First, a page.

(February 10, 2021, Novato, CA) – The California Department of Food and Agriculture’s preliminary grape harvest report for 2020 was released today. The harvest was significantly below average, but in volume terms it was in line with Ciatti’s preliminary estimate. Still, it is perhaps the most difficult report to analyze. The total tonnage is down, but this is due both to Mother Nature’s reduced harvest and the smog problem that has affected most coastal areas, where an unknown amount has not been harvested. Understanding how each of these issues affects the final overlapping tons in terms of scale is an issue that will determine future discussions in this market. The same issues can be raised in the price analysis in this report. Pricing is pervasive. We believe this is primarily due to the inertia of the non-existent spot market for coastal grapes in the early 2020s. But it is also due, to a lesser extent, to the lower prices we have seen in the secondary market for coastal grapes, which has emerged where grape prices have fallen after the fires. This has led to early buying activity in the central valley for all major grape varieties
and preliminary discussions about buying grapes in the coastal areas.

Ciatti crush report 2020

The extent of the Cabernet Sauvignon price decline in the state was somewhat surprising. Since the effect on prices was more pronounced on the coast than in the San Joaquin Valley, we believe that the effect of the summer wildfires contributed significantly to the weaker than expected results. Although yields appear to have declined in all
the figures seem to indicate that a higher percentage of Cabernet Sauvignon grapes were not
harvested or sold at a discount in areas that would have been most affected by the smoke from the fires. Apart from the smoke problems, the grape market was already depressed because Cabernet had not done well in the previous 18 months. There was some overproduction in the wholesale cabernet market and some cabernet grapes remained out of demand in 2019
. The combination of heavy smoke and negative market conditions seems to have driven Cabernet grape prices down even further than expected.

When it became clear that smoke from the summer’s wildfires would negatively impact the upcoming harvest, the wholesale market for Cabernet wines immediately sprang into action, driving up prices. (National) At a time when market prices for Cabernet grapes were falling in most areas of the North Coast, wholesale prices for Cabernet wines of the 2018 and 2019 vintages were rising in the same region. As for Cabernet Sauvignon, it is clear that the perception and reality of smoke damage played a major role in the decline in grape prices and the significant increase in wholesale wine prices. – Greg Livengood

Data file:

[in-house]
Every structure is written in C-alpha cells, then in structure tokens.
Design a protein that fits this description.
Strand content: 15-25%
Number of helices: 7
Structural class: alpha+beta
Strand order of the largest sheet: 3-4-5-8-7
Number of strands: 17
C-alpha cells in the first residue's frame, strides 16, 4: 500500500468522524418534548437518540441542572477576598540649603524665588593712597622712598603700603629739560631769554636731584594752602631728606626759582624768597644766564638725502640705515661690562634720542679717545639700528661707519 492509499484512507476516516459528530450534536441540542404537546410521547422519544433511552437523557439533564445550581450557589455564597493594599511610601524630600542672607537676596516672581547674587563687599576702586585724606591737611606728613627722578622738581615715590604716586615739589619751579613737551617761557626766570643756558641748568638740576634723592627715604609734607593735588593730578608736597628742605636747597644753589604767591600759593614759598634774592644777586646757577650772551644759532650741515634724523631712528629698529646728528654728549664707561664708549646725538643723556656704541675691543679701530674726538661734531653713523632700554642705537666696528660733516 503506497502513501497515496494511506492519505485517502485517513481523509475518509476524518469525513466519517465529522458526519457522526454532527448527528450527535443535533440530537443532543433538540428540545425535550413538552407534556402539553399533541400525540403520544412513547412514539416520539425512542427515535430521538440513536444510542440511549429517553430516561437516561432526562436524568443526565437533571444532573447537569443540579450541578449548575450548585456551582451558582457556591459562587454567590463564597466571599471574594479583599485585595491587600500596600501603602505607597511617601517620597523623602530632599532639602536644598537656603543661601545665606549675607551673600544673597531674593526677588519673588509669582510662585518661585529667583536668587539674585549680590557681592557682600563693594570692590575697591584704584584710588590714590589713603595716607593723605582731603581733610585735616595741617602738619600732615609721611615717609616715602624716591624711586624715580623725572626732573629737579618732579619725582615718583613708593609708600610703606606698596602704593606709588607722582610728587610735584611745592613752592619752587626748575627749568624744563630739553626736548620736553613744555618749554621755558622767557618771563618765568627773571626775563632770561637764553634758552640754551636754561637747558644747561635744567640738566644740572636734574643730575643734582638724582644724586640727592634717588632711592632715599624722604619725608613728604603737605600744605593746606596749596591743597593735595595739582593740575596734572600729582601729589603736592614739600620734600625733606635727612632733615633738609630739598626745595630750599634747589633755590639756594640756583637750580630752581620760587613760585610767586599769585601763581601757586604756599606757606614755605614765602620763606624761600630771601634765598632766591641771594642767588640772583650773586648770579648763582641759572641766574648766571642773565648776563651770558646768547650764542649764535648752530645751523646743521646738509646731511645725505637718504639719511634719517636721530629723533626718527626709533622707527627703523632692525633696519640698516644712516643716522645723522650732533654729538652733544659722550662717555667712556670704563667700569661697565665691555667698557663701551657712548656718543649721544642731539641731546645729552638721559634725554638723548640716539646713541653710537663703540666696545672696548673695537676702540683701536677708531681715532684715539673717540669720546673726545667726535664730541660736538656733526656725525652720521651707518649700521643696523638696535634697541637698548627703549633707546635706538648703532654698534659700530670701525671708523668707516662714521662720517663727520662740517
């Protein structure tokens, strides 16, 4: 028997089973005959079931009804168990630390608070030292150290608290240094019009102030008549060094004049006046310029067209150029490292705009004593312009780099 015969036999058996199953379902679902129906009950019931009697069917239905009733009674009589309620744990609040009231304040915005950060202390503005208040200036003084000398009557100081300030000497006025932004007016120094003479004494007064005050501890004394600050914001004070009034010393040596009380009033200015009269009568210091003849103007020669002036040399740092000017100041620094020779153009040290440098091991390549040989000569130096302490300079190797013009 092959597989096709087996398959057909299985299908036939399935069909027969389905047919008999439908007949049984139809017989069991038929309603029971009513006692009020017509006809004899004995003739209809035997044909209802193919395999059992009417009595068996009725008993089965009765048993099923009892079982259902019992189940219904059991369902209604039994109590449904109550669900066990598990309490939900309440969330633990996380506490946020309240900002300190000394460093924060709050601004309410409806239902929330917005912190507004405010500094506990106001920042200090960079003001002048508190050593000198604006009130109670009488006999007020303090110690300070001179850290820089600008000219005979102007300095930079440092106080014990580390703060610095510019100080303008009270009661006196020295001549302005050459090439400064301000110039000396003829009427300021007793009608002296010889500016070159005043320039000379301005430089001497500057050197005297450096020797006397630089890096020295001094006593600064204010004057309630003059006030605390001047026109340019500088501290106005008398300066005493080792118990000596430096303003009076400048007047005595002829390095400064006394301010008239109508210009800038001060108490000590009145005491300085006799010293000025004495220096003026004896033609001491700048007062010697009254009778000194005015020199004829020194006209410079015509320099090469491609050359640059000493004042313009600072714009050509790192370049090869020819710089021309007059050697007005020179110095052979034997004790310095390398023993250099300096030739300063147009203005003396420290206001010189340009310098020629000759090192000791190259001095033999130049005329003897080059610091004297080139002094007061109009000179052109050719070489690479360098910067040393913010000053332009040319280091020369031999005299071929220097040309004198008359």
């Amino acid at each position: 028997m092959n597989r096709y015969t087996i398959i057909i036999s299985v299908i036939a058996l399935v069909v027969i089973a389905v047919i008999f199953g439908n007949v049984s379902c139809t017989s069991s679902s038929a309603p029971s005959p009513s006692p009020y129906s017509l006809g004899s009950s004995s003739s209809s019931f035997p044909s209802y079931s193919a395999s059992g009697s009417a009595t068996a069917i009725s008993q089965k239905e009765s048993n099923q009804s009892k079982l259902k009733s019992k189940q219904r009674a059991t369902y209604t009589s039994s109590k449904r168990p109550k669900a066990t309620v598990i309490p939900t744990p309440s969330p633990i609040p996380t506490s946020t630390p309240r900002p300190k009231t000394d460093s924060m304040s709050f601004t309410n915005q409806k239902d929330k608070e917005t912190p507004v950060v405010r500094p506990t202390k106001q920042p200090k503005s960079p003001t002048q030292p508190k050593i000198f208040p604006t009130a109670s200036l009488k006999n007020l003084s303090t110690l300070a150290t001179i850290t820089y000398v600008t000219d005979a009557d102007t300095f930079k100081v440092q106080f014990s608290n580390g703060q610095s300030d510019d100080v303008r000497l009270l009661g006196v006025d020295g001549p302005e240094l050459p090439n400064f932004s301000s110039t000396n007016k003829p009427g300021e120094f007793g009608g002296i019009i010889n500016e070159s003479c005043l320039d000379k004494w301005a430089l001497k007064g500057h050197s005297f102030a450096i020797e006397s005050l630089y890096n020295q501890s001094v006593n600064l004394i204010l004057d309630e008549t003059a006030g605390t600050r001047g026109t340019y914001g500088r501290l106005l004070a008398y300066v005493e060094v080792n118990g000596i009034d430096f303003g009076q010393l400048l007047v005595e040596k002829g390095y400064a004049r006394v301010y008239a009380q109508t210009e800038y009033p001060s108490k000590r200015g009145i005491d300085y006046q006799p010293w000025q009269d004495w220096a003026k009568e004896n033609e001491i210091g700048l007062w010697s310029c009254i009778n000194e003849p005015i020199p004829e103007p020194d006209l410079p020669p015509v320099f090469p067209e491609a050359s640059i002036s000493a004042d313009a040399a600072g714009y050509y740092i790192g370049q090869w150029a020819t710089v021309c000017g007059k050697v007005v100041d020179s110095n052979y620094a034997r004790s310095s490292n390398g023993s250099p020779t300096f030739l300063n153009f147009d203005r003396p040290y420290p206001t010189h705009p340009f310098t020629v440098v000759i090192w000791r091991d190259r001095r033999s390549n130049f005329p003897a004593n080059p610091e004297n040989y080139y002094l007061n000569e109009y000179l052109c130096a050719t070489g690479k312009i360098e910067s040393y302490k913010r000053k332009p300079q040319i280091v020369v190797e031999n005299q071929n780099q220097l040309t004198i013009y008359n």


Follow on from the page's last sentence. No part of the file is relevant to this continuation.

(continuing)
Chardonnay, the state’s top grape variety, has been released for the 2020 harvest. A total of 538,500 tons were produced in the state, representing a significant decrease (-16%) and, for the second consecutive year, a significant decrease in volume and a 12% decrease in price per ton compared to the previous year.

Regional differences showed significant declines in yields in the coastal areas of Sonoma (-34%), Napa (-35%) and Monterey (-9%), and further declines in Lodi (-23%) and Clarksburg (-16%) in the Central Valley, while tonnage in the Southern Interior Valley was mixed with increases in Modesto (+10%) and Fresno (-9%) and declines in Bakersfield (-23%).

Chardonnay prices fell slightly overall. Prices for coastal produce from Mendocino (-15%), Lake (-16%) and Monterey (-19%) have fallen sharply, as have relatively stable prices in the Inner Valley and the upscale areas of Napa and Sonoma. – John White

The market for pinot noir has returned to balance. The surplus created by the great harvests of 2018 and 2019 offers buyers abundant supply at reasonable prices. The 2020 harvest will bring this dynamic back into play.

The 2020 statewide yield is about 20% lower than the 2019 crop.

The consensus seems to be that Pinot Noir could be the variety most affected by smoke in coastal areas during the 2020 harvest fires. It has a thinner skin and by nature this variety is more easily affected by external aromatics, which is justified.

This slight harvest in 2020 bodes well for the future, as it will at least stimulate earlier conversations about future delivery strategies for pinot noir. It is harder than ever to know if this will lead to real transactions, and any significant increase in real and long-term prices after this unique market shock could be short-lived. ”